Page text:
By 1918, Great Britain was pushed to enact compulsory rationing, after nearly a year on voluntary rationing (since February 1917). To combat misuse and the breaching of ration orders, stiff punishments were also introduced.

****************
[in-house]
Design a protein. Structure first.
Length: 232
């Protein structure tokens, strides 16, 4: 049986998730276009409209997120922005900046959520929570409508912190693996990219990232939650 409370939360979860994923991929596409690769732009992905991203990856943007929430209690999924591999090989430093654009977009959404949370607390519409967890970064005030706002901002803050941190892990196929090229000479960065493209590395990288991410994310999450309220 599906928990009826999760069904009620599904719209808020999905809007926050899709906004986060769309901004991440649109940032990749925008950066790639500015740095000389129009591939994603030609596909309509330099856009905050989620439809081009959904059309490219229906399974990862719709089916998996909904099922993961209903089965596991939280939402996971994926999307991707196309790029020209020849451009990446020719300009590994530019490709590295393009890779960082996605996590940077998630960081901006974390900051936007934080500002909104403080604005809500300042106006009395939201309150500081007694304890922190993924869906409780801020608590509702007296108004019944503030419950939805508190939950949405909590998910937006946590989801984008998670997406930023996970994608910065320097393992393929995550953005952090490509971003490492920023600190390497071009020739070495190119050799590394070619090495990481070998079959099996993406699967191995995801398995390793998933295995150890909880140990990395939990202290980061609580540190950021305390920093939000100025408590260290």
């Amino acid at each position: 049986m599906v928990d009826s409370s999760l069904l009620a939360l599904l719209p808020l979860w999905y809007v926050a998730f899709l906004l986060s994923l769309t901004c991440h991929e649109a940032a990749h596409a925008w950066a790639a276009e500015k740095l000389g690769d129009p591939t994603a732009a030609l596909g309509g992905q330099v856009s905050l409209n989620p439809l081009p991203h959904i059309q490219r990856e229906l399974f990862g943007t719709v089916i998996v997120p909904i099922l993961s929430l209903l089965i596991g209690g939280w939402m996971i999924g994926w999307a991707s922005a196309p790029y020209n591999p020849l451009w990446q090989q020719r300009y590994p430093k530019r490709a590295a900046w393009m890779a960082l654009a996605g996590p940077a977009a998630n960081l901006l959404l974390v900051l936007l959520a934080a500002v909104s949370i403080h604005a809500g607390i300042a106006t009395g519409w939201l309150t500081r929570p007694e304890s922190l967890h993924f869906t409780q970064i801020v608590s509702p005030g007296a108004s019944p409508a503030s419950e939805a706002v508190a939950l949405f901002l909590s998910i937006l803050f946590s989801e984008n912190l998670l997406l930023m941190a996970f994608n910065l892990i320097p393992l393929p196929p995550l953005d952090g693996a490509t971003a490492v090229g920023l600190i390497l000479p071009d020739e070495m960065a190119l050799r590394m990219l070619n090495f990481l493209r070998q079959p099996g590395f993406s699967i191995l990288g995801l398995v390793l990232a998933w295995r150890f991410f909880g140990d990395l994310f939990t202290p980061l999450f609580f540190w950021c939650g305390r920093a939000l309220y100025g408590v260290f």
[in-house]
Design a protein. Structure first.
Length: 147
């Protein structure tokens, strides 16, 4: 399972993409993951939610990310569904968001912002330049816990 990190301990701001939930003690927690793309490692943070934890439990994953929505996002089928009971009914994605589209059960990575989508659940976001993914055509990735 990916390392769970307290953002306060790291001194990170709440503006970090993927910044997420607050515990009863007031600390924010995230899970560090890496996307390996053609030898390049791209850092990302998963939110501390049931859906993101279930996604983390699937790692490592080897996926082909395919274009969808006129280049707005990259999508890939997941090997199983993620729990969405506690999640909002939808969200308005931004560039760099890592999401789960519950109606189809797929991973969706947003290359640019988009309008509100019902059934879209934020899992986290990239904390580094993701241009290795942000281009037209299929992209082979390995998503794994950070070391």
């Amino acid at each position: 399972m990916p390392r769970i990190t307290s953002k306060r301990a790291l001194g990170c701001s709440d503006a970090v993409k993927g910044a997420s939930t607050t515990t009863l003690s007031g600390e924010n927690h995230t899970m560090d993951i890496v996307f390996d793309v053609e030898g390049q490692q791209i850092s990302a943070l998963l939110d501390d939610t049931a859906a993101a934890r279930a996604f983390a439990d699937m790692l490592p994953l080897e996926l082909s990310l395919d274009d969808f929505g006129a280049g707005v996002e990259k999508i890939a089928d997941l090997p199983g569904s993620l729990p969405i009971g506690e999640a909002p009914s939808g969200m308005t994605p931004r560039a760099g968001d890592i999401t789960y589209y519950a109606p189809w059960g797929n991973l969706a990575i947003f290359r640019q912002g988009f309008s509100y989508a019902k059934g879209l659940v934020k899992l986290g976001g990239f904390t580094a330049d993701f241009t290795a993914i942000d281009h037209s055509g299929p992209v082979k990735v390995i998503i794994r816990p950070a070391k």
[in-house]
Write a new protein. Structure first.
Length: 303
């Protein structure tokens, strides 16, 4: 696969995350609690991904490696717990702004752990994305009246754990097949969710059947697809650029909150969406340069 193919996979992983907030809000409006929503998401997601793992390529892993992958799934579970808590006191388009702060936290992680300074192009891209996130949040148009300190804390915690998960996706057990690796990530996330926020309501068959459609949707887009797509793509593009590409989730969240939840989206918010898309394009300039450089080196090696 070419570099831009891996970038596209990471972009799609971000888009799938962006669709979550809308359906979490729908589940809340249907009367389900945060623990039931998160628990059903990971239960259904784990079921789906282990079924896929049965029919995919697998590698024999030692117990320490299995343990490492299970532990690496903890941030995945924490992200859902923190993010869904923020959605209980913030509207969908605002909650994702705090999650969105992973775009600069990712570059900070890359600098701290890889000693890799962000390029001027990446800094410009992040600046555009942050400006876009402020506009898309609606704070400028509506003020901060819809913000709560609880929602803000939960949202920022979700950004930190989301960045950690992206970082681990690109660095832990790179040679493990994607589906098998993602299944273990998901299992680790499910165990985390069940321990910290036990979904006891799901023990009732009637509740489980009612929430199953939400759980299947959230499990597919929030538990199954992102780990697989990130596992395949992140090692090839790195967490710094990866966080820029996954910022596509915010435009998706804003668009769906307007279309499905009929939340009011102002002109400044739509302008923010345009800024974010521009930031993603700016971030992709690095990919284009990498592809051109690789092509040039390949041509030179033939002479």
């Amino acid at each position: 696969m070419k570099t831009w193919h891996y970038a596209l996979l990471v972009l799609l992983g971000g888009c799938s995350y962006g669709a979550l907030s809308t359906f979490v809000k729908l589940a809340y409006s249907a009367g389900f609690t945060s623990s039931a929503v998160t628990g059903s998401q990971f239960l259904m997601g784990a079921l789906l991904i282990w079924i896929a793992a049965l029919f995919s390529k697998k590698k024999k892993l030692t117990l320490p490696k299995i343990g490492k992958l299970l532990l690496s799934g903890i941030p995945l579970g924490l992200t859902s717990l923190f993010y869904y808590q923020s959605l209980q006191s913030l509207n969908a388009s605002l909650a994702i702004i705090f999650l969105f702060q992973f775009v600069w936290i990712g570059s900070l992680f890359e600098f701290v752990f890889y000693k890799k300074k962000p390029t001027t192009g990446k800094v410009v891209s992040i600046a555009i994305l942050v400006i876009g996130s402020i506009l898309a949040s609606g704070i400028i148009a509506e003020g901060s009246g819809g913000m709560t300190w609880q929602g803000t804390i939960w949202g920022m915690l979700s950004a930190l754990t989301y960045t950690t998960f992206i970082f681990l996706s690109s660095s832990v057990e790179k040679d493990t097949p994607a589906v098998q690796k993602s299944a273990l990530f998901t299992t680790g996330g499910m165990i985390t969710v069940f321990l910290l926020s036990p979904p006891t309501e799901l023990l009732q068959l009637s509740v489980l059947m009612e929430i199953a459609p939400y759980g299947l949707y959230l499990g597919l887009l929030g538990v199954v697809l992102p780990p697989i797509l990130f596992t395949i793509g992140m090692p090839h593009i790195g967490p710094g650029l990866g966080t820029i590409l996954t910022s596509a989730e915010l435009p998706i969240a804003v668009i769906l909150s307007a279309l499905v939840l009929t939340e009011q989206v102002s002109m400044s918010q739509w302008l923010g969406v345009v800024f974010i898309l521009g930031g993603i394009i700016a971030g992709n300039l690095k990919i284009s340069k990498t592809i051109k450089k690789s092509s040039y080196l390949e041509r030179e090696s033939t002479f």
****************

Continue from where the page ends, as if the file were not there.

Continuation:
As Germany’s unrestricted submarine warfare continued late into the war, the threat to Great Britain’s food supply had continued to mount. In April 1917, the nation’s wheat supply had fallen to just six weeks’ worth (Morrow, The Great War: An Imperial History, p. 202). In the spring of 1918, the British would launch an audacious raid to combat the German submarine threat.